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En la Lucha / In the Struggle: A Hispanic Women's Liberation Theology (Biblical Reflections on Ministry) Paperback – December, 1993


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Editorial Reviews

Language Notes

Text: English
Introduction: Spanish
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Product Details

  • Paperback: 226 pages
  • Publisher: Fortress Publishers; 40th edition (December 1993)
  • Language: English
  • ISBN-10: 0800626109
  • ISBN-13: 978-0800626105
  • Product Dimensions: 5.8 x 0.5 x 8.5 inches
  • Shipping Weight: 10.4 ounces
  • Average Customer Review: 4.3 out of 5 stars  See all reviews (6 customer reviews)
  • Amazon Best Sellers Rank: #97,203 in Books (See Top 100 in Books)

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Customer Reviews

4.3 out of 5 stars
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Most Helpful Customer Reviews

2 of 2 people found the following review helpful By N. Elias on June 9, 2007
Format: Paperback Verified Purchase
I recommend this book to all Latin men and women and to those interested in liberation theology. Although written over 10 yrs ago, the problems Isasi-Diaz spells out still hold true today. As an educated Latina, she helped me see how sometimes my own culture keeps me from reaching my God-given potential. She also deals with the social structures that are in place in our society that contribute to Latinas remaining locked in low paying jobs and in poverty.

An excellent book. I am waiting eagerly for her next book on the topic.
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1 of 1 people found the following review helpful By Steven H Propp TOP 100 REVIEWER on May 15, 2012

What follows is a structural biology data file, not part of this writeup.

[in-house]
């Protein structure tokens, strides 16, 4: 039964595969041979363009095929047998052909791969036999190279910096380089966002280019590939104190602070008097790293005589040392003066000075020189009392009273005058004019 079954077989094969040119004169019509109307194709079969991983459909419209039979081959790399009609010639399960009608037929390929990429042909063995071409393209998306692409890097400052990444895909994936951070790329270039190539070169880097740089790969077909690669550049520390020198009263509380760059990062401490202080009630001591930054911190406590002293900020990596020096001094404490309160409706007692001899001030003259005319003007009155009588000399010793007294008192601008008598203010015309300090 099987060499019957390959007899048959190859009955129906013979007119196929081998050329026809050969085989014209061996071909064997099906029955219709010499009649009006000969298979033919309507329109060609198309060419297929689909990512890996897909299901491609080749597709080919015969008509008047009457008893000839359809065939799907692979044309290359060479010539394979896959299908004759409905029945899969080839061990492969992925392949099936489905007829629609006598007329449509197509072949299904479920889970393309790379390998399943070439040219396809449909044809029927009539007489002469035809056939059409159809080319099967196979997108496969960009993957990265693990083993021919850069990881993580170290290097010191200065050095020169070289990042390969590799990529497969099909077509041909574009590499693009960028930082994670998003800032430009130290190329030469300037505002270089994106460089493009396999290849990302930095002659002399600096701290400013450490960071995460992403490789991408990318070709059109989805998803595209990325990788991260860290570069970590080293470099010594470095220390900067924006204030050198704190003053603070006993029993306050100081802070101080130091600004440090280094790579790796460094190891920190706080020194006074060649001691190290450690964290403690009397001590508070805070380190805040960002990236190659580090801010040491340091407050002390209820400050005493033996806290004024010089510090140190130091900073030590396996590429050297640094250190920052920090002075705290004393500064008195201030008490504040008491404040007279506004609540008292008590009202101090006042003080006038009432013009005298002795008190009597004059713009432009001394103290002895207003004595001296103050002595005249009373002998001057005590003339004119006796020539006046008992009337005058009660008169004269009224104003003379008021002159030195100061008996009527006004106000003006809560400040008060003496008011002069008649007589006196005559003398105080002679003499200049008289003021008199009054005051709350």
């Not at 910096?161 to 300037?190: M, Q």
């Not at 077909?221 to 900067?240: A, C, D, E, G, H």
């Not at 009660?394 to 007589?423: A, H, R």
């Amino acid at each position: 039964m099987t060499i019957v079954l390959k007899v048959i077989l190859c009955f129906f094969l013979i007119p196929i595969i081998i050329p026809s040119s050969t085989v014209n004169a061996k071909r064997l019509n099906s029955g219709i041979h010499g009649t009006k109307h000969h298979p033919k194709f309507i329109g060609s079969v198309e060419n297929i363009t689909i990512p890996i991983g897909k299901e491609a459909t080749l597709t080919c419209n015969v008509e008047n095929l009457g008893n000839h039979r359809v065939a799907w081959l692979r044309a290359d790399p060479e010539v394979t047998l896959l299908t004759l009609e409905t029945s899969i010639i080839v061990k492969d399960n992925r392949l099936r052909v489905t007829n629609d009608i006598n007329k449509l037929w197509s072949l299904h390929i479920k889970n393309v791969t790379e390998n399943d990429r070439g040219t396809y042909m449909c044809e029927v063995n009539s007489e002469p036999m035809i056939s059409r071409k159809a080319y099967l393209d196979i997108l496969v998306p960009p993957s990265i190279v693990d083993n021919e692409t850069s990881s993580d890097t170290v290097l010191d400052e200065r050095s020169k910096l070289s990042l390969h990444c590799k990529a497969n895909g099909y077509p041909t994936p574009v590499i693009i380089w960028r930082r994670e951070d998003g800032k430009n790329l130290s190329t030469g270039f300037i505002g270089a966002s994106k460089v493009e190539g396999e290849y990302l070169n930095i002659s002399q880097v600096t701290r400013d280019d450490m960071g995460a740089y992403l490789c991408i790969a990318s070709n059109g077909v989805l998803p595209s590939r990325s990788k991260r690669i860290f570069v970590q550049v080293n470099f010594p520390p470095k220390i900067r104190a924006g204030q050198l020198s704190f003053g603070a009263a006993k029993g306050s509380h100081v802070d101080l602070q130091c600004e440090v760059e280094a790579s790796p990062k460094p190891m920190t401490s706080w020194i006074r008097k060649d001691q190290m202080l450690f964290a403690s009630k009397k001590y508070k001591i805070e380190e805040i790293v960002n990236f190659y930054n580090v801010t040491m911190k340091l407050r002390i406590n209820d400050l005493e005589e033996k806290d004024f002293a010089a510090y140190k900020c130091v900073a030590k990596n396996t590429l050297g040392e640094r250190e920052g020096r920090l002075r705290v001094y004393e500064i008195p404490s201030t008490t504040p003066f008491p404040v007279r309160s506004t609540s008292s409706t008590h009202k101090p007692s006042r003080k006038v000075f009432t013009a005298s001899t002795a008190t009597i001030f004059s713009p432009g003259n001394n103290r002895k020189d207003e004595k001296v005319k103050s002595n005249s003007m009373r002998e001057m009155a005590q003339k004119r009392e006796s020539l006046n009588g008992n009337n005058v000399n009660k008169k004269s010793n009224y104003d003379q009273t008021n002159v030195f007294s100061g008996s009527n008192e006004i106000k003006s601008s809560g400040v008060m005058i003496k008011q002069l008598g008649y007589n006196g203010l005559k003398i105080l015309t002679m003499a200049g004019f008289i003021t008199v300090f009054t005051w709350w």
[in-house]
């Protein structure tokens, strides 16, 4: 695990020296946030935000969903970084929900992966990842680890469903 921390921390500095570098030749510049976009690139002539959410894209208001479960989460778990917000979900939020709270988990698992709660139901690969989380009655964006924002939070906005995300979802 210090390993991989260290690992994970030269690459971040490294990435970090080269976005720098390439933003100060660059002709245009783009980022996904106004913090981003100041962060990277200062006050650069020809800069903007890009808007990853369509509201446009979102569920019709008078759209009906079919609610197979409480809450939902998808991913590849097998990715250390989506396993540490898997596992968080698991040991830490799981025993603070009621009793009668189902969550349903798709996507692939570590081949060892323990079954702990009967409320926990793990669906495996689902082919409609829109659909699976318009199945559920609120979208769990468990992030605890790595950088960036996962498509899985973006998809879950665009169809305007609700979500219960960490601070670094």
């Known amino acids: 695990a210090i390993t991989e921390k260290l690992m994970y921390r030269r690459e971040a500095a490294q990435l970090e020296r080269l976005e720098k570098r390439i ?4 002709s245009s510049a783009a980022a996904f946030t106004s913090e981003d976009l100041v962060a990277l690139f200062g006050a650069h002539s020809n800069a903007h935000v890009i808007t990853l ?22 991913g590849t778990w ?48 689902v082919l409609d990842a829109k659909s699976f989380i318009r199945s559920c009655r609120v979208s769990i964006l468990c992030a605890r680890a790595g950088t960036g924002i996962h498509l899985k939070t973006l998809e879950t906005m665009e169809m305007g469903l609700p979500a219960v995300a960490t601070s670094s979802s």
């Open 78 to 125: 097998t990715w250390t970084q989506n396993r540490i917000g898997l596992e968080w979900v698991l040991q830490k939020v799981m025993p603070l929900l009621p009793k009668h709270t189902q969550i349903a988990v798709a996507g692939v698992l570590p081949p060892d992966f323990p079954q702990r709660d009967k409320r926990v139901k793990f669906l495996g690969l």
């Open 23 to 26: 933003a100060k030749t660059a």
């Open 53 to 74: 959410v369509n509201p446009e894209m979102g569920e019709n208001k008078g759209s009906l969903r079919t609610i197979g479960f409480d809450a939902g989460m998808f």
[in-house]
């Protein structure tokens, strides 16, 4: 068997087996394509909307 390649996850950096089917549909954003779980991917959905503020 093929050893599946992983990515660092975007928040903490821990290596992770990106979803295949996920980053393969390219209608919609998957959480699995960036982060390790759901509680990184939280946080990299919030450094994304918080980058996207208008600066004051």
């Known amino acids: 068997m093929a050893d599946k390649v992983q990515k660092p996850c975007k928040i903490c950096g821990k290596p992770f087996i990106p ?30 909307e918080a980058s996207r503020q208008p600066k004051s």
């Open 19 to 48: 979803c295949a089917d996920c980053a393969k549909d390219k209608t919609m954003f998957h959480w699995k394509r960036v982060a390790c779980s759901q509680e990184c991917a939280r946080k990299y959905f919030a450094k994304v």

Format: Paperback
Ada María Isasi-Díaz (born 1943) is professor of ethics and theology at Drew University, as well as the founder and co-director of the Hispanic Institute of Theology. She is also the developer of "Mujerista theology." ("Mujer" is Spanish for "woman." It is thus related to Alice Walker's concept of "womanism".) She has also written Mujerista Theology: A Theology for the Twenty-First Century, Hispanic/Latino Theology (Biblical Reflections on Ministry), La Lucha Continues: Mujerista Theology, etc.

She wrote in the Introduction to this 1993 book, "This book pushes further and deeper the ideas and methods presented in ('Hispanic Women')... it is a platform for the voices of Latinas because their lived-experience is the source of mujerista theology." She defines mujerista as "a Hispanic Woman who struggles to liberate herself not as an individual but as a member of a Hispanic community." (Pg. 4)

She suggests that effective solidarity with Latinas demands "a preferential option for the oppressed." (Pg. 42) She notes that the Christianity which became an intrinsic part of the Latina culture "uses the Bible in a very limited way, emphasizing instead the traditions and customs of the Spanish church." (Pg. 46)

She asserts that as mujerista theologians they claim that even the attempt to be objective is flawed; "our theological enterprise has to do with the reality Hispanic Women create and confront every day...
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2 of 3 people found the following review helpful By A Customer on December 7, 1997
Format: Hardcover
Despite the title, race does not figure in the author's experiences. Then-Lieutenant Rishell and his men were far too busy trying to fend off hordes of North Korean and Chinese troops in a wildly inhospitable climate to sweat any such small stuff.
Their story, with Colonel Rishell's thoughtful annotations to his original fragmentary notes, is basically the record of an infantry platoon fighting for their lives - hungry, cold, tired, and afraid, one and all. They were, in Rishell's first-hand opinion, no better and no worse than other units, which means they were pretty damned good, considering how green and poorly equipped they were.
Rishell's memoir is a valuable addition to the record of the Korean War. No map is provided, an odd omission in a war so dominated by topography.

(The "score" rating is a feature of the page. This reviewer does not "score" books.)
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